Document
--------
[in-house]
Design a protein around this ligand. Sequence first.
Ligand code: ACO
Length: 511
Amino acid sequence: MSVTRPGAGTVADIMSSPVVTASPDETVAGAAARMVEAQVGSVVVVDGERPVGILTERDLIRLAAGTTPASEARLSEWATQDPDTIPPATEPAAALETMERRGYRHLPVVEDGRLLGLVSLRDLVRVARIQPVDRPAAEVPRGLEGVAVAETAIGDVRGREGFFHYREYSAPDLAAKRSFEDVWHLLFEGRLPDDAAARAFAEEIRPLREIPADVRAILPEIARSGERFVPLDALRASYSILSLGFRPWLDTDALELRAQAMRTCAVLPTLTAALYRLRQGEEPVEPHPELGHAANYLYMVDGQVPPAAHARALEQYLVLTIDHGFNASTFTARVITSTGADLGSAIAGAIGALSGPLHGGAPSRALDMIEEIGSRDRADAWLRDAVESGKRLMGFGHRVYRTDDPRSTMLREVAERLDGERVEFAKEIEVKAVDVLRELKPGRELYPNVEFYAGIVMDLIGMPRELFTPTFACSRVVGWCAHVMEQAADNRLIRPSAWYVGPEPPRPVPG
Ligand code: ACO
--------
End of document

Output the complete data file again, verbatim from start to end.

[in-house]
Design a protein around this ligand. Sequence first.
Ligand code: ACO
Length: 511
Amino acid sequence: MSVTRPGAGTVADIMSSPVVTASPDETVAGAAARMVEAQVGSVVVVDGERPVGILTERDLIRLAAGTTPASEARLSEWATQDPDTIPPATEPAAALETMERRGYRHLPVVEDGRLLGLVSLRDLVRVARIQPVDRPAAEVPRGLEGVAVAETAIGDVRGREGFFHYREYSAPDLAAKRSFEDVWHLLFEGRLPDDAAARAFAEEIRPLREIPADVRAILPEIARSGERFVPLDALRASYSILSLGFRPWLDTDALELRAQAMRTCAVLPTLTAALYRLRQGEEPVEPHPELGHAANYLYMVDGQVPPAAHARALEQYLVLTIDHGFNASTFTARVITSTGADLGSAIAGAIGALSGPLHGGAPSRALDMIEEIGSRDRADAWLRDAVESGKRLMGFGHRVYRTDDPRSTMLREVAERLDGERVEFAKEIEVKAVDVLRELKPGRELYPNVEFYAGIVMDLIGMPRELFTPTFACSRVVGWCAHVMEQAADNRLIRPSAWYVGPEPPRPVPG
Ligand code: ACO